Pete's Walks - Lanes of Little Missenden (page 1 of 7)

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If you are considering walking this route yourself, please see my disclaimer. You may also like to see these notes about the maps.

Google map of the walk

I did this walk of about 12 miles on Friday, July 21st, 2017. It was a most unusual route, as it was more or less three short circular walks from Little Missenden one after the other.

The OS map shows that there are six named 'lanes' that start in the vicinity of Little Missenden and head south or slightly west of south. They are each between half a mile and a mile long, ending in Holmer Green or the hamlets of Beamond End and Mop End. At their northern ends, in or near Little Missenden, it is only about a mile and a half between the western-most 'lane', Featherbed Lane, and the eastern-most 'lane', Mop End Lane, but at the southern end they are even closer together, no more than a mile apart. The OS map shows the central two lanes, Penfold Lane and Beamond End Lane, as being proper lanes (i.e. open to motor vehicles) with the others being bridleways, but in fact Beamond Lane is also closed to traffic for most of its length.

Whenever I've looked at this area on the map it has always struck me as very strange to have so many almost parallel 'lanes' so close together, especially as there are only two or three paths linking adjacent paths together (until you reach the settlements at their southern end).

I only discovered that Beamond End Lane is effectively a bridleway earlier this year, and ever since I've been pondering doing a walk that went up and down the various 'lanes'. As I didn't want to walk all of Penfold Lane as it still is a real lane, thus leaving five lanes for me to walk, I needed a third way of getting back to Little Missenden and this was easily (and pleasantly) accomplished by including the path from Mop End northeast towards Old Amersham and then turning west along the Misbourne Valley.

For the second Friday in a row I parked opposite the church in Little Missenden (grid reference SU 921989), and  again started walking shortly before 10am. As with last week's walk I started by walking westwards out of the village, and just past the last house taking a footpath on the left (by a 30mph sign painted on the road), which went diagonally across a paddock. It then crossed the start of the bridleway named Kingstreet Lane (I went left here last week), and continue along the right edge of a large corn field, rising very gently uphill and heading towards the distant village of Little Kingshill. When the hedge on my right turned right the path continued straight on across the field, and through the next hedgerow it carried on gently rising uphill through a much larger cornfield. When I came more or less level with a hedge corner down to my left, I followed a narrow path through the corn down to it, and continued up the other side of this 'dip' with the hedge on my right. A waymark then showed where the path went over a stile and switched to the other side of the hedgerow, continuing through a couple of overgrown paddocks to Affrick's Farm.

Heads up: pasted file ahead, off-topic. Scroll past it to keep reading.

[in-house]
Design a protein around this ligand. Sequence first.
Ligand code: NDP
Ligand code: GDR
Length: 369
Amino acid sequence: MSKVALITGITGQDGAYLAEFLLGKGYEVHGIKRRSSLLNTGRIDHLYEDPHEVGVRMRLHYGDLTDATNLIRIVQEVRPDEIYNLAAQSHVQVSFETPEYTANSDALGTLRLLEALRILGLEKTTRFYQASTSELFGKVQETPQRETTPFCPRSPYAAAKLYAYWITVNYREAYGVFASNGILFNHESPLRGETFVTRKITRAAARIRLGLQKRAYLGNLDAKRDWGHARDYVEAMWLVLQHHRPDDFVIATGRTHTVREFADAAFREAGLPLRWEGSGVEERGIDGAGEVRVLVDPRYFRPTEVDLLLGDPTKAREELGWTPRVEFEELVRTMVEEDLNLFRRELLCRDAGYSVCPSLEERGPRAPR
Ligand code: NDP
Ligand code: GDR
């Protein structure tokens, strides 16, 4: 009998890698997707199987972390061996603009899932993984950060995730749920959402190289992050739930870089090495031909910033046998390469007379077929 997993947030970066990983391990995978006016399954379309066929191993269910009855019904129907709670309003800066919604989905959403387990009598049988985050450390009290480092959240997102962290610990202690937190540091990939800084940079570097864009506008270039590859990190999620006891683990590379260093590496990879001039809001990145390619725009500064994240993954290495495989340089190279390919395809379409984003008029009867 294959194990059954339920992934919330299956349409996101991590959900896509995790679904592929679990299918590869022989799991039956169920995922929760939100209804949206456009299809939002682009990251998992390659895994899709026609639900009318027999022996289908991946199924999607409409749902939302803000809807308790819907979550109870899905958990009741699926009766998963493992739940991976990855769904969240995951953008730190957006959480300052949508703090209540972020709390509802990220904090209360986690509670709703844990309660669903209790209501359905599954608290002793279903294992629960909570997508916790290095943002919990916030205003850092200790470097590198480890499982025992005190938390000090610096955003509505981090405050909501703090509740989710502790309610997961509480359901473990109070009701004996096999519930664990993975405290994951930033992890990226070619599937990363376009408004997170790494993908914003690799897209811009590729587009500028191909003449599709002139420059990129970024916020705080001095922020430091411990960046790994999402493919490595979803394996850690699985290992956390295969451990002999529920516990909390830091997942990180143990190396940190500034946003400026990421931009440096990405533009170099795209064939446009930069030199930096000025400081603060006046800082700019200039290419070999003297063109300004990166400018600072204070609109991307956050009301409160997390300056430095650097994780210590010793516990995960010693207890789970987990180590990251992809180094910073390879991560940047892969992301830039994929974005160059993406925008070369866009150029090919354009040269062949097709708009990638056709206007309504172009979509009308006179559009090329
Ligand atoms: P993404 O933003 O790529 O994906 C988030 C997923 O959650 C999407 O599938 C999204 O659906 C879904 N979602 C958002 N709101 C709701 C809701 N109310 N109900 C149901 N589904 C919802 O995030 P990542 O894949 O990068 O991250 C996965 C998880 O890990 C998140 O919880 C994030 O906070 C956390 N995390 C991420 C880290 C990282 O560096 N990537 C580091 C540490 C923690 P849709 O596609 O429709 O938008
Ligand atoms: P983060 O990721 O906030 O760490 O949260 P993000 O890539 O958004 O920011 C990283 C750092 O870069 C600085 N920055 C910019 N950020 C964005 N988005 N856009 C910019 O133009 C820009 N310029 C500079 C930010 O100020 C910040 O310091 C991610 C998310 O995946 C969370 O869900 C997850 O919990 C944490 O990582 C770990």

The start of the path from Little Missenden, heading west towards Little Kingshill

 

The path from Little Missenden, heading west towards Little Kingshill (this is shortly after crossing the bridleway named Kingstreet Lane)

 

The path from Little Missenden, heading west towards Little Kingshill

 

The path from Little Missenden, heading west towards Little Kingshill (I turned left in the middle of this field to reach the tall hedge in the dip in the centre of the photo)

 

This is where I reached the tall hedge seen in the previous photo - I followed it uphill

 

A view back towards Little Missenden and the Misbourne Valley (taken from near where the path switches to the other side of the hedgerow)

 

The path continuing towards Affrick's Farm

 

The path continuing towards Affrick's Farm

 

Just before the end of the farm drive, a bridleway went very sharply left so that I was almost doubling back on myself This was the start of Featherbed Lane, the first of the five 'lanes' I'd be walking today. It dropped steadily downhill through a small wood, continuing between tall hedges as it crossed a valley bottom, then entered more woodland as it climbed the other side of the valley - here I have previously always taken a parallel footpath that forks left, but today I stayed on the bridleway. On the far side of the wood, the now level bridleway became a surfaced lane (there was another opportunity to join the footpath here) - I was a little surprised, as I remembered this as being a muddy track. Anyway I followed this lane several hundred yards to its end in Holmer Green where I turned left.

 

Near the start of Featherbed Lane

 

Featherbed Lane

 

Featherbed Lane

 

Featherbed Lane

 

Featherbed Lane - previously I've always used the parallel footpath that starts here, on the left

 

Featherbed Lane (the parallel footpath can be seen on the left)

 

Featherbed Lane

 

Featherbed Lane

 

 

Featherbed Lane, now in Holmer Green

 

Part 2 of this walk

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